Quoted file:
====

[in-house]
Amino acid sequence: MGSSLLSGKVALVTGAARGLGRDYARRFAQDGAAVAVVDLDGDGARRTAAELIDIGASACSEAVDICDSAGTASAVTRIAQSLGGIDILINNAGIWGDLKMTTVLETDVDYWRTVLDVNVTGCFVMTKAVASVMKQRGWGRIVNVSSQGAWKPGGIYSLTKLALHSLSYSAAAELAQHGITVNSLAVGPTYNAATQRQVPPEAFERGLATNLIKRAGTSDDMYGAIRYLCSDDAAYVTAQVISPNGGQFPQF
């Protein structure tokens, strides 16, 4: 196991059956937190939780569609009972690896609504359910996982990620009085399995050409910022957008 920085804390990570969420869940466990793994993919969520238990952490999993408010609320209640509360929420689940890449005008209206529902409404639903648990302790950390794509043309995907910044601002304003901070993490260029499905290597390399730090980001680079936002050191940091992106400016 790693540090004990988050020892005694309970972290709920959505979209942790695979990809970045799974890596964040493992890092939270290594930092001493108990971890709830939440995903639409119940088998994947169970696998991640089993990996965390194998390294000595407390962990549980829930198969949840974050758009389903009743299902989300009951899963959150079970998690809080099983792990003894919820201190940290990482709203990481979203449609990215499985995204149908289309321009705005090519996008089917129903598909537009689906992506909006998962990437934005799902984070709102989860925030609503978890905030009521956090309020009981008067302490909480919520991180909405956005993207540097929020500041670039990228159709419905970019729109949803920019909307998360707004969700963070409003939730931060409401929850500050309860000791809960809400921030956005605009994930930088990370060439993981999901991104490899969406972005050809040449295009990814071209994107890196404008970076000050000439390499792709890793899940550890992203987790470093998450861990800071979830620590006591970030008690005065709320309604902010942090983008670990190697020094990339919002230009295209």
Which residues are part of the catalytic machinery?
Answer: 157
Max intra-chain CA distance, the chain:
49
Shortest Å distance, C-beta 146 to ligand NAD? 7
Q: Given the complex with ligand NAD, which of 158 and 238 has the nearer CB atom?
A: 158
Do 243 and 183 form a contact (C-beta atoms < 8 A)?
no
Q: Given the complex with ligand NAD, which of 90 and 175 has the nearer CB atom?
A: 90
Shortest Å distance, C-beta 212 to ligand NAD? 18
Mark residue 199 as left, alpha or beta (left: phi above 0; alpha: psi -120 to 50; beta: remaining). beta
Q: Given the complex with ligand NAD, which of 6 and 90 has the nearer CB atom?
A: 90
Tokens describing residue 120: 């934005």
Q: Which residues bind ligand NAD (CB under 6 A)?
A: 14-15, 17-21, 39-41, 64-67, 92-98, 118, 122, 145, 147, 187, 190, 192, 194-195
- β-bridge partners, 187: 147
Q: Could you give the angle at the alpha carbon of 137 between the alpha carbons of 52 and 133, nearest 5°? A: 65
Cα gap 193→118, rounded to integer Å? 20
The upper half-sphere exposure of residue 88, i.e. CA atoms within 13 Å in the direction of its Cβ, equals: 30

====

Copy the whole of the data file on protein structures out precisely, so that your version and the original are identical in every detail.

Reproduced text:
[in-house]
Amino acid sequence: MGSSLLSGKVALVTGAARGLGRDYARRFAQDGAAVAVVDLDGDGARRTAAELIDIGASACSEAVDICDSAGTASAVTRIAQSLGGIDILINNAGIWGDLKMTTVLETDVDYWRTVLDVNVTGCFVMTKAVASVMKQRGWGRIVNVSSQGAWKPGGIYSLTKLALHSLSYSAAAELAQHGITVNSLAVGPTYNAATQRQVPPEAFERGLATNLIKRAGTSDDMYGAIRYLCSDDAAYVTAQVISPNGGQFPQF
């Protein structure tokens, strides 16, 4: 196991059956937190939780569609009972690896609504359910996982990620009085399995050409910022957008 920085804390990570969420869940466990793994993919969520238990952490999993408010609320209640509360929420689940890449005008209206529902409404639903648990302790950390794509043309995907910044601002304003901070993490260029499905290597390399730090980001680079936002050191940091992106400016 790693540090004990988050020892005694309970972290709920959505979209942790695979990809970045799974890596964040493992890092939270290594930092001493108990971890709830939440995903639409119940088998994947169970696998991640089993990996965390194998390294000595407390962990549980829930198969949840974050758009389903009743299902989300009951899963959150079970998690809080099983792990003894919820201190940290990482709203990481979203449609990215499985995204149908289309321009705005090519996008089917129903598909537009689906992506909006998962990437934005799902984070709102989860925030609503978890905030009521956090309020009981008067302490909480919520991180909405956005993207540097929020500041670039990228159709419905970019729109949803920019909307998360707004969700963070409003939730931060409401929850500050309860000791809960809400921030956005605009994930930088990370060439993981999901991104490899969406972005050809040449295009990814071209994107890196404008970076000050000439390499792709890793899940550890992203987790470093998450861990800071979830620590006591970030008690005065709320309604902010942090983008670990190697020094990339919002230009295209």
Which residues are part of the catalytic machinery?
Answer: 157
Max intra-chain CA distance, the chain:
49
Shortest Å distance, C-beta 146 to ligand NAD? 7
Q: Given the complex with ligand NAD, which of 158 and 238 has the nearer CB atom?
A: 158
Do 243 and 183 form a contact (C-beta atoms < 8 A)?
no
Q: Given the complex with ligand NAD, which of 90 and 175 has the nearer CB atom?
A: 90
Shortest Å distance, C-beta 212 to ligand NAD? 18
Mark residue 199 as left, alpha or beta (left: phi above 0; alpha: psi -120 to 50; beta: remaining). beta
Q: Given the complex with ligand NAD, which of 6 and 90 has the nearer CB atom?
A: 90
Tokens describing residue 120: 């934005």
Q: Which residues bind ligand NAD (CB under 6 A)?
A: 14-15, 17-21, 39-41, 64-67, 92-98, 118, 122, 145, 147, 187, 190, 192, 194-195
- β-bridge partners, 187: 147
Q: Could you give the angle at the alpha carbon of 137 between the alpha carbons of 52 and 133, nearest 5°? A: 65
Cα gap 193→118, rounded to integer Å? 20
The upper half-sphere exposure of residue 88, i.e. CA atoms within 13 Å in the direction of its Cβ, equals: 30